Saturday, April 1, 2017

The Samford Crimson -- 1954 April Fool's Day Edition

Scholars tend to disagree upon where and when the practice of April Fool's Day actually began. Some believe that it has its roots in older springtime festivals such as the Roman "Hilaria."  Others believe that it originated in the late 16th century, when the Gregorian Calendar was established and moved New Year's Day to January 1st -- those who continued to celebrate the new year on April 1st (New Year's Day according to the Julian Calendar) were made fun of by being tricked into believing hoaxes and/or sent on "fool's errands."  There are also those who believe it may have been established in reference to the "Nun's Priest's Tale" from Chaucer's Canterbury Tales from 1392.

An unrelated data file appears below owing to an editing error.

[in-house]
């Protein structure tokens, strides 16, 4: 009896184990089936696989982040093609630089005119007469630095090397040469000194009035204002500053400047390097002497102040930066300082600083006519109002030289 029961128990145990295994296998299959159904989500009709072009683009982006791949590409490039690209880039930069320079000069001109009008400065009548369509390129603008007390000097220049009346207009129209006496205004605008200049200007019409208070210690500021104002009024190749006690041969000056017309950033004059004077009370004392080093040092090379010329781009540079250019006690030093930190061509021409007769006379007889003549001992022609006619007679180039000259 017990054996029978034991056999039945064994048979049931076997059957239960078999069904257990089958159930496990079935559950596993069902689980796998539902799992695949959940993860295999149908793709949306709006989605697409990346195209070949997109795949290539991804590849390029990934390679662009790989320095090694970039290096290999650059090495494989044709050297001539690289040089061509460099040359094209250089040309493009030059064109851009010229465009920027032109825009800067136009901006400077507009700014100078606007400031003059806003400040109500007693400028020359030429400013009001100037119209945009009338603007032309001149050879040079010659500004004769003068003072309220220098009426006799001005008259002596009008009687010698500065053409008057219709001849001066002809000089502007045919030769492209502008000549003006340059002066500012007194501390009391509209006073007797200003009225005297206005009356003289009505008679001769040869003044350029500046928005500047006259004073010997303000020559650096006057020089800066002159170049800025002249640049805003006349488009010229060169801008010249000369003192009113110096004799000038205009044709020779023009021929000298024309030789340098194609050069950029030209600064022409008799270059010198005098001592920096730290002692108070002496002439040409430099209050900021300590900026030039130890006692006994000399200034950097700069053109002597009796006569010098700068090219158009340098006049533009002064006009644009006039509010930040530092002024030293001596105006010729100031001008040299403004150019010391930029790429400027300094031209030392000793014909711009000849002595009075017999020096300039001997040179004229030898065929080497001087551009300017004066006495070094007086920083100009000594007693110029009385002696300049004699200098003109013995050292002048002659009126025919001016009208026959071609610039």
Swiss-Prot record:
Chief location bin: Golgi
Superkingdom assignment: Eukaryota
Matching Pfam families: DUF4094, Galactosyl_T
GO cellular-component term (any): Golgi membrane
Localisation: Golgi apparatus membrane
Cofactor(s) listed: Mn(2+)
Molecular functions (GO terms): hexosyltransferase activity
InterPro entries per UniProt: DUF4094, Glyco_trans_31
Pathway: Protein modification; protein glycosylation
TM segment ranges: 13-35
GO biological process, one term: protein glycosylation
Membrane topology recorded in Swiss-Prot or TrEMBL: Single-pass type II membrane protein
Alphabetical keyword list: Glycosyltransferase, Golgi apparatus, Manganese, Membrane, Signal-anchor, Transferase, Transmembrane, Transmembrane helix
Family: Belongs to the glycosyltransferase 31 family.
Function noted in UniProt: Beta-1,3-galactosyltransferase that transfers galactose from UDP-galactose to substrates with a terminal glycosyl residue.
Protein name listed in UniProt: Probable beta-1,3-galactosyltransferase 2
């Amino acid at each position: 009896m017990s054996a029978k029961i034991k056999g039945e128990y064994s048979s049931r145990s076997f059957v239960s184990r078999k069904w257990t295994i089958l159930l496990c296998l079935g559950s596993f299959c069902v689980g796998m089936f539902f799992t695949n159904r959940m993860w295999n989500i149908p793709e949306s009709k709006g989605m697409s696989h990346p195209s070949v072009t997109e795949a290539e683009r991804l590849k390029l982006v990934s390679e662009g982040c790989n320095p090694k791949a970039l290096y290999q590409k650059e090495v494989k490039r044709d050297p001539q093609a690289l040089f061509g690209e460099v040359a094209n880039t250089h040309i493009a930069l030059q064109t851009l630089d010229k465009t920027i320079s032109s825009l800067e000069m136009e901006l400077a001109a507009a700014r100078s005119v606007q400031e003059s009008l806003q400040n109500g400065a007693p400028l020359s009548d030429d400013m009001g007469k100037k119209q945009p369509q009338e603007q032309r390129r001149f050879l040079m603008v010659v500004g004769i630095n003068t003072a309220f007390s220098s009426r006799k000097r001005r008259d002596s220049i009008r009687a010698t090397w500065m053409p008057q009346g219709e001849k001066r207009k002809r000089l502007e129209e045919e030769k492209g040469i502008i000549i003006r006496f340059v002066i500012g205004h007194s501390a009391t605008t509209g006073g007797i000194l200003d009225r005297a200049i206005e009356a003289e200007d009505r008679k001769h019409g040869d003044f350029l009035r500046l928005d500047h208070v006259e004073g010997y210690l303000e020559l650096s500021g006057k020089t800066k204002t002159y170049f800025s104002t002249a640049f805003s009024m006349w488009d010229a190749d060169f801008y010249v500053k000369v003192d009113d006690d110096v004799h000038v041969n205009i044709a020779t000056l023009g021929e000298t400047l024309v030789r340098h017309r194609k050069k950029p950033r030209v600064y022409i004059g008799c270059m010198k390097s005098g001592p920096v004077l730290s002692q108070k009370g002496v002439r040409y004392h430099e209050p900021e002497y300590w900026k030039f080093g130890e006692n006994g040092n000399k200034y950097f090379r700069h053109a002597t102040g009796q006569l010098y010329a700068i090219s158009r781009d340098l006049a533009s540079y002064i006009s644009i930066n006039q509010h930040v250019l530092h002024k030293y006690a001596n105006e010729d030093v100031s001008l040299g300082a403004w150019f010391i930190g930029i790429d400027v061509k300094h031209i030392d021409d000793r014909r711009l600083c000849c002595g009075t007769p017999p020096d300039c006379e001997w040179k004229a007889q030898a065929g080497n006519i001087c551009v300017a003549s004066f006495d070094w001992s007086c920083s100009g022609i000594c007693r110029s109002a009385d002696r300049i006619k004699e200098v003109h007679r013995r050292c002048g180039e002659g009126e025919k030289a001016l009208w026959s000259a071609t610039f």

Whatever its origins, April Fool's Day is celebrated far and wide as individuals take delight in playing (mostly) harmless pranks upon their friends and neighbors around the world... and as this front page from 1954 clearly shows, the Samford Crimson is no stranger to springtime shenanigans.

Image courtesy of the Samford University Library Special Collection.

Hoax headlines include the decision to keep Howard College in East Lake (the move was actually approved in November 1952), a dog being named "Faculty Member of the Week," and a new series of campus rules instructing (among other things) "loafing must be done in an insignificant place; for example, the president's office."

Being skeptical of what you read/see/hear is always advisable, but we recommend a little extra skepticism today.

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